We can learn a bit about the intricate mind of God from Job 38:22-23, where God says to him, "Have you entered the treasury of snow, or have you seen the treasury of hail, which I have reserved for the time of trouble, for the day of battle and war?" This is the kind of God we worship—One who prepares reserves of snow and hail just in case He will need them in a time of trouble, such as a battle or other event that warrants such miraculous intervention.

The Bible tells us of a few instances when these treasuries of snow and hail were or will be put to use. Notice the record of Exodus 9:22-24:

Then the LORD said to Moses, "Stretch out your hand toward heaven, that there may be hail in all the land of Egypt—on man, on beast, and on every herb of the field, throughout the land of Egypt." And Moses stretched out his rod toward heaven; and the LORD sent thunder and hail [making use of His treasury], and fire darted to the ground. And the LORD rained hail on the land of Egypt. So there was hail, and fire mingled with the hail, so very heavy that there was none like it in all the land of Egypt since it became a nation.

If we were God, we would probably say, "Quick! Moses just asked for hail. Let us go make some!" Our God, however, had this event planned long in advance, and He had the treasury of hail ready for a time of trouble as it was in Egypt when the children of Israel were about to be freed from slavery. God's mind plans far in advance; He does not just play things off the cuff.

God will make use of His treasury of hail again in the near future. Knowing Him, He has probably been stocking His hail hoard in recent years because He knows He will need it shortly, as Revelation 16:17, 20-21 prophesies:

Then the seventh angel poured out his bowl into the air. . . . Then every island fled away, and the mountains were not found. And great hail from heaven fell upon men, every hailstone about the weight of a talent. And men blasphemed God because of the plague of the hail, since that plague was exceedingly great.

Not only has He been stockpiling hail, God has been crafting extra-large hailstones for this occasion! John says that these hailstones will weigh about a talent. Translating that weight into its modern equivalent, these hailstones, which God has been saving for just a time as this, will weigh between 44 and 48 pounds apiece! Our God is a farsighted yet very detail-oriented God.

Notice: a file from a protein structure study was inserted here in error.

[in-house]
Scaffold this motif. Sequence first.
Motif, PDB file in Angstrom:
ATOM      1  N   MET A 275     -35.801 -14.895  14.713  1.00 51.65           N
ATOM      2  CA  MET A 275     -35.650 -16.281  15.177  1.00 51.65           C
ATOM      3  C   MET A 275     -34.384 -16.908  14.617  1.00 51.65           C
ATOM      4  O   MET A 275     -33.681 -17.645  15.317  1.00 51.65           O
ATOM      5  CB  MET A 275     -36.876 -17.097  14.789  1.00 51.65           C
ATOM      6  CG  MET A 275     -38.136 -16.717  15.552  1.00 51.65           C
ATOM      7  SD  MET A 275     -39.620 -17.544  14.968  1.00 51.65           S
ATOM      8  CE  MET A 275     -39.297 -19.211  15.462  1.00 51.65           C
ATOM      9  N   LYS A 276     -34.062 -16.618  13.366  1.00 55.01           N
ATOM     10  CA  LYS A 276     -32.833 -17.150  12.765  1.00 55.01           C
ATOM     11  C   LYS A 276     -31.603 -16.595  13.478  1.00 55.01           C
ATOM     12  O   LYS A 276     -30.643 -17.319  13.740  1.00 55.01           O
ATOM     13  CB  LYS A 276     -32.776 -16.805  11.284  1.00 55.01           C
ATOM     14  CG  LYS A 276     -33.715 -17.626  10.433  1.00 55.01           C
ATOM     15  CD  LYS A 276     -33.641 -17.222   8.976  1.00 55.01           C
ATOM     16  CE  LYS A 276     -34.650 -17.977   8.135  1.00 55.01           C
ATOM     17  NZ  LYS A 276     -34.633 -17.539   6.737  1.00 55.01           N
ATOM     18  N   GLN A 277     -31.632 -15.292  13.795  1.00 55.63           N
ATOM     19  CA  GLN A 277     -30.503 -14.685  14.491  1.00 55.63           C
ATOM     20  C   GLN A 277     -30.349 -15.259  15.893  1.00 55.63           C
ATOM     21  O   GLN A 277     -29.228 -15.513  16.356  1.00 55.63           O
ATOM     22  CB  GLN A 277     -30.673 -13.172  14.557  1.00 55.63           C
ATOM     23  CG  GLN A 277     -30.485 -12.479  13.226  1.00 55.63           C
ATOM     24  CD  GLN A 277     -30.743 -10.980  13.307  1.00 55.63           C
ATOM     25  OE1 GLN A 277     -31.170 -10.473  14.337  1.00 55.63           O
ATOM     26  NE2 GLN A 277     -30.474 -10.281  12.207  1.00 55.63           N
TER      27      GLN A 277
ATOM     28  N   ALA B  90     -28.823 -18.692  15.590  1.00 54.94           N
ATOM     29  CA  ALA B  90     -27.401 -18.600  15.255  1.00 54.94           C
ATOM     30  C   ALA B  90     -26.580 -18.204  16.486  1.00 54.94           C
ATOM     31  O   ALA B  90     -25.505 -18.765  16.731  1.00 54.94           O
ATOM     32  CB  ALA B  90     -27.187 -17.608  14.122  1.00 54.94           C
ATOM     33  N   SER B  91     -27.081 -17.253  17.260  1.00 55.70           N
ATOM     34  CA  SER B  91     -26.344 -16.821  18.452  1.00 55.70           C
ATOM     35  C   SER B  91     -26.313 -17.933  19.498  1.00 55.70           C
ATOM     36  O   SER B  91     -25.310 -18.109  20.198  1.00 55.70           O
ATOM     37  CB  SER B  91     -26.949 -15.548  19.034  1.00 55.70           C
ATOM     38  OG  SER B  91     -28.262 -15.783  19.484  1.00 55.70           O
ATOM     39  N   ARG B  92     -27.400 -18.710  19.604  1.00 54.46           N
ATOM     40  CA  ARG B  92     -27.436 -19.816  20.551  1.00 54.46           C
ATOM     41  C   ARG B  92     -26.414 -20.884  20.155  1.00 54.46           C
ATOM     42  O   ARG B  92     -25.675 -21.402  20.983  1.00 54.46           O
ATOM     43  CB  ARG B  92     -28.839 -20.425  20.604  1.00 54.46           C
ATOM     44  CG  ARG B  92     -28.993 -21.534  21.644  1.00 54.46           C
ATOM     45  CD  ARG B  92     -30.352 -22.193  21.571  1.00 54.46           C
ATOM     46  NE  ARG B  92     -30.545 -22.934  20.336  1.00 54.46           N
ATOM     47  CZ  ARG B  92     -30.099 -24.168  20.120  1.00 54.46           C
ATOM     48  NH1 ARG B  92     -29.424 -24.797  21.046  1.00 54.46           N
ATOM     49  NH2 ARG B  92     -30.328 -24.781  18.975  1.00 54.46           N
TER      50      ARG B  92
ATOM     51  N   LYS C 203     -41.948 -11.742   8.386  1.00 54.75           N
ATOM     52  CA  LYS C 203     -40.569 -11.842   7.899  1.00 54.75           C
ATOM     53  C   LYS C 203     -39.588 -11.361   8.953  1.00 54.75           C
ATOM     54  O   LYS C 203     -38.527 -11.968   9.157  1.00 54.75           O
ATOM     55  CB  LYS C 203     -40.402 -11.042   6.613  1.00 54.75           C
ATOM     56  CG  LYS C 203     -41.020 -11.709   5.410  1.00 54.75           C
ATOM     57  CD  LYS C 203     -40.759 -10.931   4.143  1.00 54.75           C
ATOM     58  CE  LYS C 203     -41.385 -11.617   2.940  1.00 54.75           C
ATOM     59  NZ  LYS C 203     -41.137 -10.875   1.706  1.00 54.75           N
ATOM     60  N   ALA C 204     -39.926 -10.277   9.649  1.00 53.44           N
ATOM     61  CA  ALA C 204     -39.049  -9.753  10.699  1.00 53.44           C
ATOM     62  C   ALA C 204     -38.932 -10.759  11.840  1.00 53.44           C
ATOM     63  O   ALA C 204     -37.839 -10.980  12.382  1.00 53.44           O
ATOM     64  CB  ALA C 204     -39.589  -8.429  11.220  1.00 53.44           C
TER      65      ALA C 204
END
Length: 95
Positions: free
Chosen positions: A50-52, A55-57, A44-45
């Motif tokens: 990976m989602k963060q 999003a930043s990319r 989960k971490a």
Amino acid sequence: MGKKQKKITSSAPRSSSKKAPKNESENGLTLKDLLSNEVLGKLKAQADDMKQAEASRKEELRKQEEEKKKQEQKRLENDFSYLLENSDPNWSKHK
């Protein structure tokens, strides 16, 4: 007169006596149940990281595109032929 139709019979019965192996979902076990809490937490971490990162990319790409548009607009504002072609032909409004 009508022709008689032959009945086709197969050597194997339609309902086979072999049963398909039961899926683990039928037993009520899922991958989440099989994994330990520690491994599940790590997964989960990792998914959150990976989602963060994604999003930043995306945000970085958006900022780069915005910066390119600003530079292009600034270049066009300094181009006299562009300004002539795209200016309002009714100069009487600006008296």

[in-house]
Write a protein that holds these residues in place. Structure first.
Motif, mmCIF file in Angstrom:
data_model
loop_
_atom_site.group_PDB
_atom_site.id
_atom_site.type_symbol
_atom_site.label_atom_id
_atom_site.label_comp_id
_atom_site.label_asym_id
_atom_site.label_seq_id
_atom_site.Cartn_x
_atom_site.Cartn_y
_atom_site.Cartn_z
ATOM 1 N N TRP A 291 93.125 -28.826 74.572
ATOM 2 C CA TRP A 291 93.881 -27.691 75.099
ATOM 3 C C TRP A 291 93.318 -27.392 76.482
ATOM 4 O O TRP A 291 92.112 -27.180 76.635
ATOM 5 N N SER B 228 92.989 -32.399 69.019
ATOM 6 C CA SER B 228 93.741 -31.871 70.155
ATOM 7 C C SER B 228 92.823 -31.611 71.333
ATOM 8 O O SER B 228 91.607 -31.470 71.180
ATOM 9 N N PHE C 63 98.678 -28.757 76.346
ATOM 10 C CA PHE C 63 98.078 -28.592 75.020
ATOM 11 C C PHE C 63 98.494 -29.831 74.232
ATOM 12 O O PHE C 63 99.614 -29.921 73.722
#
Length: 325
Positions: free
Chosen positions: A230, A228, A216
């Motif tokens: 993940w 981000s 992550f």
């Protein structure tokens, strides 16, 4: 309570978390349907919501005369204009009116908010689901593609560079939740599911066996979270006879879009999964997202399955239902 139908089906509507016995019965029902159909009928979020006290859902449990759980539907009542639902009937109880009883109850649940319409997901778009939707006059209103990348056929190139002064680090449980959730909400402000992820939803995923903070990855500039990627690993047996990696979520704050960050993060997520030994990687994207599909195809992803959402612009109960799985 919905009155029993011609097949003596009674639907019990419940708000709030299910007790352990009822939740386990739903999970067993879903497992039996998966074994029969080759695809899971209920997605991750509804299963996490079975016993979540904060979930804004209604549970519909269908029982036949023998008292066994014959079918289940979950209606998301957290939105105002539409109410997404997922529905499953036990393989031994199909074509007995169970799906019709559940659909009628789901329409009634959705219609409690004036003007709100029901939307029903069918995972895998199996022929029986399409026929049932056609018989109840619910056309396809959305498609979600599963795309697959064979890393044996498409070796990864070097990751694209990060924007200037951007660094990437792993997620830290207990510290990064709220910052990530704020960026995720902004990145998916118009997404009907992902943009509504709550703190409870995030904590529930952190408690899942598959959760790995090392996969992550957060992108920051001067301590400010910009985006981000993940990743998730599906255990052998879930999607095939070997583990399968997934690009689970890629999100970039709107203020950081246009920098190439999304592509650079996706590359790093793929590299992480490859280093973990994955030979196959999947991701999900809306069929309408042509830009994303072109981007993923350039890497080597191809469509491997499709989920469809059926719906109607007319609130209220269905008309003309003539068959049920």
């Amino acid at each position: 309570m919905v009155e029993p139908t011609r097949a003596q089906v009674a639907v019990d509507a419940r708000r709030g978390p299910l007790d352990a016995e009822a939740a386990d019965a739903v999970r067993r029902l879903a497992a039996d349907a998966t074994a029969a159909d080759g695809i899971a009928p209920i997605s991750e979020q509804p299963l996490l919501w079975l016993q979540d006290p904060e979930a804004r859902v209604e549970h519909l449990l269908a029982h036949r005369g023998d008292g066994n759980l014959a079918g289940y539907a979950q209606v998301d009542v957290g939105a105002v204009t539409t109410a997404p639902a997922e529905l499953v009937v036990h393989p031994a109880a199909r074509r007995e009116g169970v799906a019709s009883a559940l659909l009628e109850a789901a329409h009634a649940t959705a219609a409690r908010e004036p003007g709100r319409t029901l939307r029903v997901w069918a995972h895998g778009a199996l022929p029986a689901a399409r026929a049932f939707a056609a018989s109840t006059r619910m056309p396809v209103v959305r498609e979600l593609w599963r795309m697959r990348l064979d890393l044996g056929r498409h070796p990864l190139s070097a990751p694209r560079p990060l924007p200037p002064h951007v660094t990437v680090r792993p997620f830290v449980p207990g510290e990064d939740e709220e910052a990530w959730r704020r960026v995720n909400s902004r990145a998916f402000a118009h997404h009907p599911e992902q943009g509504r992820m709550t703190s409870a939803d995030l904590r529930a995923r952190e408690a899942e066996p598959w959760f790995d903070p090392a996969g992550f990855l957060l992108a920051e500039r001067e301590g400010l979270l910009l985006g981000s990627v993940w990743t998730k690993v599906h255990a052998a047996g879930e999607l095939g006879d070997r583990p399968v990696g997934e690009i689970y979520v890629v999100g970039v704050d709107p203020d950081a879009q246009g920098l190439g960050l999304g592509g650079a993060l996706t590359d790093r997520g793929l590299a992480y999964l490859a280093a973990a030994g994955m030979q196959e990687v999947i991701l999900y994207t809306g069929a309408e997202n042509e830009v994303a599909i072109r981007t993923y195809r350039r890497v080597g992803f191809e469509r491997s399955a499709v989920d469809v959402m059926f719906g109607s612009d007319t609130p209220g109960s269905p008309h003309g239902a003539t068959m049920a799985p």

He is also a faithful Creator (I Peter 4:19), and this means that He is faithful to all of His creation. He also maintains it—and, in fact, one could say that this is what it means to be a faithful Creator. He has not only created us, the earth and the heavens, and all that is in them, but He also makes sure that they all continue. He will also ensure that man, especially, will reach his fullest potential and that His purpose will resolve as He intends. In turn, we have to have faith in Him because He is working out our salvation with us (Philippians 2:12-13).

He did not, as Deists suppose, make everything and then retire to some nice corner of the universe to sit and drink mint juleps for eternity. No, He is very involved. The author of Hebrews writes that God is "upholding all things by the word of His power" (Hebrews 1:3). He is very active in His creation—if He were not, according to the laws of nature, everything would degenerate very quickly. We can be thankful that God is on His throne.